On the whole with all due deference to the opinions of my patriotic Russian friends I must say that Volga scenery hardly repays the time, trouble and expense which a voyage from Nizhni to Tsaritsin demands. There are some pretty bits here and there, but they are "few and far between." A glass of the most exquisite wine diluted with a gallon of water makes a very insipid beverage.
However great the ethnographical variety on board may be, the traveller will probably find that four days on the Volga are quite enough for all practical and aesthetic purposes, and instead of going on to Astrakhan he will quit the steamer at Tsaritsin. Here he will find a railway of about fifty miles in length, connecting the Volga and the Don.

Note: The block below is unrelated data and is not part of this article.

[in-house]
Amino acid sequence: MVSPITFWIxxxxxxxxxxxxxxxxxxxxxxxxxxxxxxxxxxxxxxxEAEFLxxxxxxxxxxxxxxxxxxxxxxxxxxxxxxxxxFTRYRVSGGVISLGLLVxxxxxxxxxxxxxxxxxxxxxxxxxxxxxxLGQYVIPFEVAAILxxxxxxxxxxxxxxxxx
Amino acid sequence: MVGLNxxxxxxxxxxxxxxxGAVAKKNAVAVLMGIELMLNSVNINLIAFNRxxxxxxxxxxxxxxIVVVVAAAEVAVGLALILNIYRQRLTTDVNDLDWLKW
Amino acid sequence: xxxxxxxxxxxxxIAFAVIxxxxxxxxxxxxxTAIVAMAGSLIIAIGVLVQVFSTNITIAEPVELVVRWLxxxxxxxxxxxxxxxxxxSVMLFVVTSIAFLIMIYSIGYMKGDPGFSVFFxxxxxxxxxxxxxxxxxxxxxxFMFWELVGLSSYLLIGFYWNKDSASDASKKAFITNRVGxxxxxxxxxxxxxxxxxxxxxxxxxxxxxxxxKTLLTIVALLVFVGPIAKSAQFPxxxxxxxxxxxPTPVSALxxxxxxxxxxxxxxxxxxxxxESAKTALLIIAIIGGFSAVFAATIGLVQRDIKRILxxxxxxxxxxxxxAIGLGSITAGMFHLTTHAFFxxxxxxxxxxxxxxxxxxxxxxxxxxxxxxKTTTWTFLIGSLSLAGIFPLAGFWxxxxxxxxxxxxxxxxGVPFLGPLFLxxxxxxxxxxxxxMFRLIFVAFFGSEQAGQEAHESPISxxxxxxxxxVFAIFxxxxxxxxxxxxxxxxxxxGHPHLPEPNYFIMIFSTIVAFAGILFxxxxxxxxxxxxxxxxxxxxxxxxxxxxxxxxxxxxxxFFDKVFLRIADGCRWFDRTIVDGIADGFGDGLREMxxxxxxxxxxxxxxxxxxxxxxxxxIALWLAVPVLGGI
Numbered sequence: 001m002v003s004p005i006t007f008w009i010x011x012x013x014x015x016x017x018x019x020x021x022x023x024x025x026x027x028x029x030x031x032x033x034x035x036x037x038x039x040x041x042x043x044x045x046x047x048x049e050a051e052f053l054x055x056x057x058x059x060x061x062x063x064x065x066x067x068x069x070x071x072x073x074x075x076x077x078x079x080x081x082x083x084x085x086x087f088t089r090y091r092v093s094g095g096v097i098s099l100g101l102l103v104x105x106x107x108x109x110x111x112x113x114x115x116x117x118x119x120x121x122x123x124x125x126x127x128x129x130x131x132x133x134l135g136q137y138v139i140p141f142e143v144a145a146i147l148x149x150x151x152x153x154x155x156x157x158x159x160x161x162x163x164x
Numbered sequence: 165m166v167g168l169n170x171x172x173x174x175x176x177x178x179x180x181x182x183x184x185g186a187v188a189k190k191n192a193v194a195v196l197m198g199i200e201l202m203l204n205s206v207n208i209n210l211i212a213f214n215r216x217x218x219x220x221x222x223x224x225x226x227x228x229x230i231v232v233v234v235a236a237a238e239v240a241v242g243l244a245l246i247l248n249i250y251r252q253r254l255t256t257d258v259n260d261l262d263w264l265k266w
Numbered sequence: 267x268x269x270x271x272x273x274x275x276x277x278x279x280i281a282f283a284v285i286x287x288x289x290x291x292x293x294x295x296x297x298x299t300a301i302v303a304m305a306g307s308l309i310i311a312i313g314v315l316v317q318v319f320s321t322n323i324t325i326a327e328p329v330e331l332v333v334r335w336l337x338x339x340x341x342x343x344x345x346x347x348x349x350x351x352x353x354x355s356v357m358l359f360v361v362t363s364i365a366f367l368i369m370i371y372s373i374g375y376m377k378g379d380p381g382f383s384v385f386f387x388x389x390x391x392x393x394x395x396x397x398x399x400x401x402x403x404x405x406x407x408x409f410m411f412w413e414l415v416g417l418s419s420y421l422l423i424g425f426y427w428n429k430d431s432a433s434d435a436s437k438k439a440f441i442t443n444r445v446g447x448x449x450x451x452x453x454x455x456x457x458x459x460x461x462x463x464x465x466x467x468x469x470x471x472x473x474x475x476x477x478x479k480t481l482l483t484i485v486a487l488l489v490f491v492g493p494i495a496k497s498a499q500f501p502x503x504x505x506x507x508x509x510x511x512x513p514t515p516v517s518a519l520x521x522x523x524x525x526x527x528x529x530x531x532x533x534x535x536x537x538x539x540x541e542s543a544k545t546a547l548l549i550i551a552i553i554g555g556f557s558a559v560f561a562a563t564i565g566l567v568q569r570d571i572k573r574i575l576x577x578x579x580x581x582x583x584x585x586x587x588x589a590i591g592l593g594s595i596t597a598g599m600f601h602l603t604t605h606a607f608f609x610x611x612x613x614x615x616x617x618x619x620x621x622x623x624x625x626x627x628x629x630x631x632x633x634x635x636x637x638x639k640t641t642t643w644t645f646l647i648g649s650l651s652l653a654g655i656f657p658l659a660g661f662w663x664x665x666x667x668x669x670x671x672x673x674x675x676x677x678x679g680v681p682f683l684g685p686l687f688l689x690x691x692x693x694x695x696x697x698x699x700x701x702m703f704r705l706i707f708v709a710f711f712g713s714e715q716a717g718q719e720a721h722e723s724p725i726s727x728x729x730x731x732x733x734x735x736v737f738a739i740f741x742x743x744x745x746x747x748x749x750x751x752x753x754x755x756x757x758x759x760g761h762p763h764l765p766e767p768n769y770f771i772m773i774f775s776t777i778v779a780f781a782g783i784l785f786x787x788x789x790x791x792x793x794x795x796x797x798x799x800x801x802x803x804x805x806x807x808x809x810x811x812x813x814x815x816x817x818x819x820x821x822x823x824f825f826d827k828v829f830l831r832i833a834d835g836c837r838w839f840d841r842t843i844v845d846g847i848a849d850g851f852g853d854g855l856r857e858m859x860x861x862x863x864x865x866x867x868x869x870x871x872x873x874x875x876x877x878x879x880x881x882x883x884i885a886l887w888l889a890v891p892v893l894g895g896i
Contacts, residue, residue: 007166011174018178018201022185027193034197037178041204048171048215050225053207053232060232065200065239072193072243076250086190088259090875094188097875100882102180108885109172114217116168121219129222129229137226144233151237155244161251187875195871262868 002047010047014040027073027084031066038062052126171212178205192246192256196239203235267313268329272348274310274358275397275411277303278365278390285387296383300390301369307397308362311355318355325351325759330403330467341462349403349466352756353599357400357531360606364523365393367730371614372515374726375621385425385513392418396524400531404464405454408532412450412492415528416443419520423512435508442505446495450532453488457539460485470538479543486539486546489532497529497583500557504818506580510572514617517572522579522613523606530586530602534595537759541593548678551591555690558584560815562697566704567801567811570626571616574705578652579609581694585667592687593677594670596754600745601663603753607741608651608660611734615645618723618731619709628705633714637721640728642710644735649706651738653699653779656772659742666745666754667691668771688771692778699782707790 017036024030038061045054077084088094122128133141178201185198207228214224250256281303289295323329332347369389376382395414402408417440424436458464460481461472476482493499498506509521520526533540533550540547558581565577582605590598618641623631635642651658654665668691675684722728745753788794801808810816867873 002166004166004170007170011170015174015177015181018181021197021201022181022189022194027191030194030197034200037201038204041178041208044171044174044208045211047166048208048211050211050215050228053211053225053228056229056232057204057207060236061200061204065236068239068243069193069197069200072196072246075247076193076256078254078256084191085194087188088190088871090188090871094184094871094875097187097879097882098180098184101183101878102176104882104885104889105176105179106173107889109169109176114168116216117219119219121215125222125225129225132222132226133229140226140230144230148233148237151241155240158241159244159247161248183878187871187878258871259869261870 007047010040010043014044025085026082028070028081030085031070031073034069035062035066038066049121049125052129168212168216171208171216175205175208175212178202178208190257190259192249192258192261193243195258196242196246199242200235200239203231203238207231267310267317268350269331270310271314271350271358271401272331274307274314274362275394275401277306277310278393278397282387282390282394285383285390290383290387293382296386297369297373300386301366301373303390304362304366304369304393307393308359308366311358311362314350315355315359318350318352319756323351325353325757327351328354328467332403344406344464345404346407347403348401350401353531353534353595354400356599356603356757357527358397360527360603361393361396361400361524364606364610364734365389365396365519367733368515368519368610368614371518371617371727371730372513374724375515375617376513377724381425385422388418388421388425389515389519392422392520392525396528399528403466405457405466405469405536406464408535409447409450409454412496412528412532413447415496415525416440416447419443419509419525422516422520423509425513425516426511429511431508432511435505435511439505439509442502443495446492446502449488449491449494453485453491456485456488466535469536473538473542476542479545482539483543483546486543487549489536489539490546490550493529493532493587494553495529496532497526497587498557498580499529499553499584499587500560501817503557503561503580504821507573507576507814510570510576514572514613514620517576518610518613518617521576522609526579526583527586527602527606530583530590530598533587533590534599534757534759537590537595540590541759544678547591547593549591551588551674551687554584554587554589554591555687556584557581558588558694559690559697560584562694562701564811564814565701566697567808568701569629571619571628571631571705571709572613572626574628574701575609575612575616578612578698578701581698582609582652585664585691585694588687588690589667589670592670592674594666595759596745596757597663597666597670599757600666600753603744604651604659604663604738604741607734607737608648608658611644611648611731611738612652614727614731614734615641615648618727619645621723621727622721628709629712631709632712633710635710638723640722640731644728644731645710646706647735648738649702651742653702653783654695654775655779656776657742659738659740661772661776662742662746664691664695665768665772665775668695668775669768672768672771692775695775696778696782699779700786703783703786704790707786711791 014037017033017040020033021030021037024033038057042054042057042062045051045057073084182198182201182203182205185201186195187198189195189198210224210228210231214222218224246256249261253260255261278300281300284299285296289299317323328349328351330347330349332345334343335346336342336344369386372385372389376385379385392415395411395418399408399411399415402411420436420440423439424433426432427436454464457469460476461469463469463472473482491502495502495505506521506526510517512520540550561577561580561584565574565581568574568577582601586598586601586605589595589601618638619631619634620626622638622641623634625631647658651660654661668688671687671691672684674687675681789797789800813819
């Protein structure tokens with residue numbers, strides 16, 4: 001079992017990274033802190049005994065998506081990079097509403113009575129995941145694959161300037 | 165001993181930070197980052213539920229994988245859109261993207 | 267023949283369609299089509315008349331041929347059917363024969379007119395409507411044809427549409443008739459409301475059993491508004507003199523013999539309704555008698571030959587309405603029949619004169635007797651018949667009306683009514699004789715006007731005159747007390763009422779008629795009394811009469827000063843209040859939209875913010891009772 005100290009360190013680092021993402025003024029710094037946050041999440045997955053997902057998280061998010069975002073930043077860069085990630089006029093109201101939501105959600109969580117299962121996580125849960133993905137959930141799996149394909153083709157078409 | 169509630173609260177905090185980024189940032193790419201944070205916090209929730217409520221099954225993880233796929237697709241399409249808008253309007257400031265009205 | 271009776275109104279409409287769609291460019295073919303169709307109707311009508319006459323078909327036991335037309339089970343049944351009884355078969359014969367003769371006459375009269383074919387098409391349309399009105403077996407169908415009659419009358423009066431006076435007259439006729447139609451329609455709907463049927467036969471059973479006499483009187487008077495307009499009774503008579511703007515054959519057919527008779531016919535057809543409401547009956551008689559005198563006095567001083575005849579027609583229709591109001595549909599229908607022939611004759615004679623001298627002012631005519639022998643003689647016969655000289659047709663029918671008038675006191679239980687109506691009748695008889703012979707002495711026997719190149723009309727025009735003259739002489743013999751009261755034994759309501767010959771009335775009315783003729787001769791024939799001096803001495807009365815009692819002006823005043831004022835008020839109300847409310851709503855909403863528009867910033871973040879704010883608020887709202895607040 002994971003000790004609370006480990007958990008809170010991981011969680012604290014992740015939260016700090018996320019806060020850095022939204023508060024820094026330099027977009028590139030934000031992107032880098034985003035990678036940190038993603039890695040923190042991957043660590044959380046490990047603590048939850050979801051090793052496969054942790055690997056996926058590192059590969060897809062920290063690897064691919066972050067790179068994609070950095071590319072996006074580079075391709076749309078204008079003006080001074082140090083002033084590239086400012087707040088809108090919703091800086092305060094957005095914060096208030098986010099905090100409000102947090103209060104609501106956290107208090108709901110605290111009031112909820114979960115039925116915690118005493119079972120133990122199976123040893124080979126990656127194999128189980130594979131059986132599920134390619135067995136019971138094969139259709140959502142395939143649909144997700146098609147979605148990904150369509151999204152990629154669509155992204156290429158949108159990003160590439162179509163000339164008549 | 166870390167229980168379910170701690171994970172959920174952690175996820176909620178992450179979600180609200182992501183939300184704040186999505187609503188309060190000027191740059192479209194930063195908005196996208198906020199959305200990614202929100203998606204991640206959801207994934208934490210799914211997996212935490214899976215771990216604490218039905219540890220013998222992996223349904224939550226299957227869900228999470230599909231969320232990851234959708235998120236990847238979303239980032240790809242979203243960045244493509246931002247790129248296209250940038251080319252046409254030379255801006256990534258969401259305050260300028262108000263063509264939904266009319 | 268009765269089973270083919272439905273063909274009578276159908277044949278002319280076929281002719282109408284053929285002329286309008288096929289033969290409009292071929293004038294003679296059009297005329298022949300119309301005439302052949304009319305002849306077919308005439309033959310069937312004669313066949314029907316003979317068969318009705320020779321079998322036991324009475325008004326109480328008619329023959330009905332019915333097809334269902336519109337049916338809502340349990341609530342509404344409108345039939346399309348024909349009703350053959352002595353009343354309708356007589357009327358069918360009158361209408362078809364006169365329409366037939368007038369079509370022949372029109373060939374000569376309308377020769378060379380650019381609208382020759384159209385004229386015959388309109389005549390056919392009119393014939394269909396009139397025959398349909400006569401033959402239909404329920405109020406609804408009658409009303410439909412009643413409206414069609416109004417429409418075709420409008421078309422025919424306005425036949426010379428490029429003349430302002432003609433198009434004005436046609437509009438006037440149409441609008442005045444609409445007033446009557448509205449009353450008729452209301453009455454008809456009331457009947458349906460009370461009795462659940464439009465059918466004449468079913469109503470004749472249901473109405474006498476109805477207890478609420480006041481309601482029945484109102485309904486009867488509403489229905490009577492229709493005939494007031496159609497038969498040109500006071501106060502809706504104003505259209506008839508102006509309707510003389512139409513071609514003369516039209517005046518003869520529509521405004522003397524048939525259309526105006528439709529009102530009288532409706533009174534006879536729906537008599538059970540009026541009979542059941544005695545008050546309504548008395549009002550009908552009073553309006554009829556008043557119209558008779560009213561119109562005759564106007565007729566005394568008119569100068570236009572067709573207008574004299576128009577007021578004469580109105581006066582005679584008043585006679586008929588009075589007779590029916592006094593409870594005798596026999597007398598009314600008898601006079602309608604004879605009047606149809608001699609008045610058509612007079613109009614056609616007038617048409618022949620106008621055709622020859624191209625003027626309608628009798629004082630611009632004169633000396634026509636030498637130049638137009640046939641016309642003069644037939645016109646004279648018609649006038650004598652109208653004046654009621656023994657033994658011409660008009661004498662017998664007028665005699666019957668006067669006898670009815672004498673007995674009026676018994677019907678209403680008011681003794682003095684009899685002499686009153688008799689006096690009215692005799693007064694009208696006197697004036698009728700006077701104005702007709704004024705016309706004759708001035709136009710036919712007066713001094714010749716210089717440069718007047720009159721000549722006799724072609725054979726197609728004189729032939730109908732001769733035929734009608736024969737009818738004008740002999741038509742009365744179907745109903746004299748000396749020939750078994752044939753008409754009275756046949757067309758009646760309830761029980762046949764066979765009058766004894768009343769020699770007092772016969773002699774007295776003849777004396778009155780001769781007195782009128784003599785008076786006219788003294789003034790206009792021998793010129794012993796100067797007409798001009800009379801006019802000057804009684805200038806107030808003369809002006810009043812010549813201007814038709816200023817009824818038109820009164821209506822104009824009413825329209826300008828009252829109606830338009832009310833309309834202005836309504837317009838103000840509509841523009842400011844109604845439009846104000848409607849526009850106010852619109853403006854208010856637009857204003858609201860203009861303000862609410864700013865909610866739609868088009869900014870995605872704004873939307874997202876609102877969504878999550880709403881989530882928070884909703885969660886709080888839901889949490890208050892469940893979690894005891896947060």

The battalion commander perceived the jovial irony and laughed. "It would not be turned off the field even on the Tsaritsin Meadow." "What?" asked the commander. At that moment, on the road from the town on which signalers had been posted, two men appeared on horse back. They were an aide-de-camp followed by a Cossack.
At Tsaritsin, the Don, which empties into the Sea of Azoff, and the Volga, which pours into the Caspian, approach each other within ten miles. Near this point, by means of open or subterranean canals, the Don might be turned into the Volga, or the Volga into the Don.